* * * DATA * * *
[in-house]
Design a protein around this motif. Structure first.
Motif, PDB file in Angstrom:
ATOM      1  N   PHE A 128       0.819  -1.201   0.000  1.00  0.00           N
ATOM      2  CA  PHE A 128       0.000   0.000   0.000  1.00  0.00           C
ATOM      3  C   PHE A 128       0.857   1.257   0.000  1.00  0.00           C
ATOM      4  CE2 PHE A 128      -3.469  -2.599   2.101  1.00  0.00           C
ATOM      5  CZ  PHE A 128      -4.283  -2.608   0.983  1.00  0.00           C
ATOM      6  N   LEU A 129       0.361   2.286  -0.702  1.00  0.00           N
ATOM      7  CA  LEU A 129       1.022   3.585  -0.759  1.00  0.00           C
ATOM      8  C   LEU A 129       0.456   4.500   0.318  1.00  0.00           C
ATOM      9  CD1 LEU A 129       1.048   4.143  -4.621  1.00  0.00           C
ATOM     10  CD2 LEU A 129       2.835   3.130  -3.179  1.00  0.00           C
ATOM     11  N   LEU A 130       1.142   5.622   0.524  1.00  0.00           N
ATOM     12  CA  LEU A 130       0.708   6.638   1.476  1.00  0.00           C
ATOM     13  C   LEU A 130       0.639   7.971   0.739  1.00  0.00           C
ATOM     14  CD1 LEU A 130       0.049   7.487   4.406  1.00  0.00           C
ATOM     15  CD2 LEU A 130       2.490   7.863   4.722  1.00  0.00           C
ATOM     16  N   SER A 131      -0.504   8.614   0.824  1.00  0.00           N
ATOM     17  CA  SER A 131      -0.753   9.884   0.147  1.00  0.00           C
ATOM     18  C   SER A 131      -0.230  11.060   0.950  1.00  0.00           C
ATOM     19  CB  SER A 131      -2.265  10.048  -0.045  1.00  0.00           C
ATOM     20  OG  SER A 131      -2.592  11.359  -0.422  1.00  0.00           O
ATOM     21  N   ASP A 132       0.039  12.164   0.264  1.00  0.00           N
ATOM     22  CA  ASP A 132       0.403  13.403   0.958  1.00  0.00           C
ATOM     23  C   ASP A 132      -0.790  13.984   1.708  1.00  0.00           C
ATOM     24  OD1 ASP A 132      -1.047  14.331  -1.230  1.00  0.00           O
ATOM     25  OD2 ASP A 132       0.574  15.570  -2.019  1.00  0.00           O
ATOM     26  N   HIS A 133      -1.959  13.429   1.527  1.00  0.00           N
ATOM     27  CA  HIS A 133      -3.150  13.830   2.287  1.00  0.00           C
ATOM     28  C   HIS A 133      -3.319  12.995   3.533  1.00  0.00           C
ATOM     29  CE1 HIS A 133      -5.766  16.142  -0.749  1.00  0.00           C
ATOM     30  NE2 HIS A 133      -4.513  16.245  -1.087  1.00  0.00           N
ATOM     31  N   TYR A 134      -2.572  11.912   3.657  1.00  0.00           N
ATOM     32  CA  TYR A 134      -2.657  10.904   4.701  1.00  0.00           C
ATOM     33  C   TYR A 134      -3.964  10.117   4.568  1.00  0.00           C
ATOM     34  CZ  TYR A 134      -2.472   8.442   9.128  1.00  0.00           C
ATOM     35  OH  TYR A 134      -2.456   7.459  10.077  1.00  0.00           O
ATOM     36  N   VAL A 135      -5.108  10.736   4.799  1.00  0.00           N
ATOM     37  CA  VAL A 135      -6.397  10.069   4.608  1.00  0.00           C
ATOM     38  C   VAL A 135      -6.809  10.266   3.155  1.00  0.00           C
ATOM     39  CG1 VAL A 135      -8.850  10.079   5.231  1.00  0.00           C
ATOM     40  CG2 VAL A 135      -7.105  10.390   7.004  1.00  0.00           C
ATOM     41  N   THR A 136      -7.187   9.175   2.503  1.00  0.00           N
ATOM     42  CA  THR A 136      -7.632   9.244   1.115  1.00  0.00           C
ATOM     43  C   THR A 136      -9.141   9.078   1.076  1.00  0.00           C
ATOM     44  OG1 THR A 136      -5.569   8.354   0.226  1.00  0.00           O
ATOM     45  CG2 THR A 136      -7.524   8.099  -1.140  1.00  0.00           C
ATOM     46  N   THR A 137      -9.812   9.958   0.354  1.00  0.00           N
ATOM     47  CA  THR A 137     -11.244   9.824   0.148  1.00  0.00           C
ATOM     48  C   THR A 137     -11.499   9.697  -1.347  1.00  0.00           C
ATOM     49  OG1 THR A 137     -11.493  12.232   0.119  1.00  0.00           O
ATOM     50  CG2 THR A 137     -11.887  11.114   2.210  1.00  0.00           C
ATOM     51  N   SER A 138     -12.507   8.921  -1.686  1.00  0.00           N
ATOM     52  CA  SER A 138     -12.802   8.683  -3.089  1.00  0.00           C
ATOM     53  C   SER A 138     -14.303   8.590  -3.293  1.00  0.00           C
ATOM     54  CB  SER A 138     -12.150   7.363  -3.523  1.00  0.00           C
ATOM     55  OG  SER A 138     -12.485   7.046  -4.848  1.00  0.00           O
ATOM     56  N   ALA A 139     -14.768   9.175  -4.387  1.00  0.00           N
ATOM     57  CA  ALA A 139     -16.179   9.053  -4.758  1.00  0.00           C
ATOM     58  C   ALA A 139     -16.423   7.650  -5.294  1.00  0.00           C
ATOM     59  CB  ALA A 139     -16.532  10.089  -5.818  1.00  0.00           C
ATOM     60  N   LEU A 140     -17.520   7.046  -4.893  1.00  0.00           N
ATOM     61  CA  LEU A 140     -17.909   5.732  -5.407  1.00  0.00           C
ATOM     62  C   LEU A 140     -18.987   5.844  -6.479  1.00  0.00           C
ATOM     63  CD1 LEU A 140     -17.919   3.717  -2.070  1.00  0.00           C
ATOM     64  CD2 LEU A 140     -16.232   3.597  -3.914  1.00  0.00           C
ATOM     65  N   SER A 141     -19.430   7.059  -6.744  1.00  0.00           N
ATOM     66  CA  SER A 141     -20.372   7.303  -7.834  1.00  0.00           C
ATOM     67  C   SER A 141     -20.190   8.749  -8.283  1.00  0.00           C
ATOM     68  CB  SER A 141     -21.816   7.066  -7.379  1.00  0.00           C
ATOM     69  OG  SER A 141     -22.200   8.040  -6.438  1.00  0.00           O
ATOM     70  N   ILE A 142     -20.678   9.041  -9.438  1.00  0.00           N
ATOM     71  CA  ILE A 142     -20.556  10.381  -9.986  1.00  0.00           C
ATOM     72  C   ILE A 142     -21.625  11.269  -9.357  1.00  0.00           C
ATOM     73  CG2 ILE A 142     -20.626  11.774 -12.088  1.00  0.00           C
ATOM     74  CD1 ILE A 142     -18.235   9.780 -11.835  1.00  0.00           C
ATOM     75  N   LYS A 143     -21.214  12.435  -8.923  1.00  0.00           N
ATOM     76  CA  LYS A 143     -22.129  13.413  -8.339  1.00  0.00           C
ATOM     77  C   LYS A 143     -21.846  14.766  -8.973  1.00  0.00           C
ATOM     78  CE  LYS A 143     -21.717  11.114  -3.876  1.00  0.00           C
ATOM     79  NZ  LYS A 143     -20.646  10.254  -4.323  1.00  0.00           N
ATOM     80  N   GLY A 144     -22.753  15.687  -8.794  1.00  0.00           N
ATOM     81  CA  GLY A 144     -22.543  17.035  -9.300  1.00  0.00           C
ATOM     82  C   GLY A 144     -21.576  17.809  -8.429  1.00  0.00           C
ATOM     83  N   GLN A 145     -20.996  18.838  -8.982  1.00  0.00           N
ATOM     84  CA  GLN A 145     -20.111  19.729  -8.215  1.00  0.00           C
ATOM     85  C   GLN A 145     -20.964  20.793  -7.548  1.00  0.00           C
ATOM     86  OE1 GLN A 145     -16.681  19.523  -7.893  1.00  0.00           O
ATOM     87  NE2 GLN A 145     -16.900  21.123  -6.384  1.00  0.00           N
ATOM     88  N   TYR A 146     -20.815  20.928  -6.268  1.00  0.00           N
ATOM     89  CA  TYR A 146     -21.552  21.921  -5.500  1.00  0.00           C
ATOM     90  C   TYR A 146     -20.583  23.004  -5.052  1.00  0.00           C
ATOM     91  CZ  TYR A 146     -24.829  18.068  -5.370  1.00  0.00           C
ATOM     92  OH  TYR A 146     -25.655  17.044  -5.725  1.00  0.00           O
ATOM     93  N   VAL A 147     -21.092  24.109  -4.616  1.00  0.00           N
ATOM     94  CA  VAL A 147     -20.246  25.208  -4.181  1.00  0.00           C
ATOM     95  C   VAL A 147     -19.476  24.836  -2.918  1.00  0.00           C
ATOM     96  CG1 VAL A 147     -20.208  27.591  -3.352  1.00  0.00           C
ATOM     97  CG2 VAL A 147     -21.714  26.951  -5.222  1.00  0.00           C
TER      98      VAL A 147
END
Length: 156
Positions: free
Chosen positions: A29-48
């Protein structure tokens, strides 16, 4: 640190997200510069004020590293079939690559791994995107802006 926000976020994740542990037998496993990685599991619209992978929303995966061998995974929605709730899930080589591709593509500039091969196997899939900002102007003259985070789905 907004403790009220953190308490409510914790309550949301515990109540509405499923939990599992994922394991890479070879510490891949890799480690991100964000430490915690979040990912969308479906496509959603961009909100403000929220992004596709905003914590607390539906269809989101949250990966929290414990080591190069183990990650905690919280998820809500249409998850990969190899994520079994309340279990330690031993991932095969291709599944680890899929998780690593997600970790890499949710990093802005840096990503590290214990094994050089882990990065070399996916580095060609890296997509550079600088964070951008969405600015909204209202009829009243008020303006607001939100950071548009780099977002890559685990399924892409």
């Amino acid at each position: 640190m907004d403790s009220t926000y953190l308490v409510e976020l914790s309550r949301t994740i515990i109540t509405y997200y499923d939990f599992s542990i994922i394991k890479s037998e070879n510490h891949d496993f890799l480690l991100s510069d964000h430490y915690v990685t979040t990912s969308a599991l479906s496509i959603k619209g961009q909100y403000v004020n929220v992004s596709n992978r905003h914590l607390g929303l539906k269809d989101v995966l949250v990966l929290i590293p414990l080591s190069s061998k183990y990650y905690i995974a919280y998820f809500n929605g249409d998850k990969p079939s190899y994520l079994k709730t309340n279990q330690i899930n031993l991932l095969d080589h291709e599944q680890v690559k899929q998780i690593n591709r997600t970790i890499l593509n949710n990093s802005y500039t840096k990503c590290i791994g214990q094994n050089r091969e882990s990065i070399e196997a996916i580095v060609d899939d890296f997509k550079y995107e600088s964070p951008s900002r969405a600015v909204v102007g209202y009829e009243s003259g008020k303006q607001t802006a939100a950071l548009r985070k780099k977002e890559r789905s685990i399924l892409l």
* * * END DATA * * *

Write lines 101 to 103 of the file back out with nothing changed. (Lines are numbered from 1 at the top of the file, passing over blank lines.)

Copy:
TER      98      VAL A 147
END
Length: 156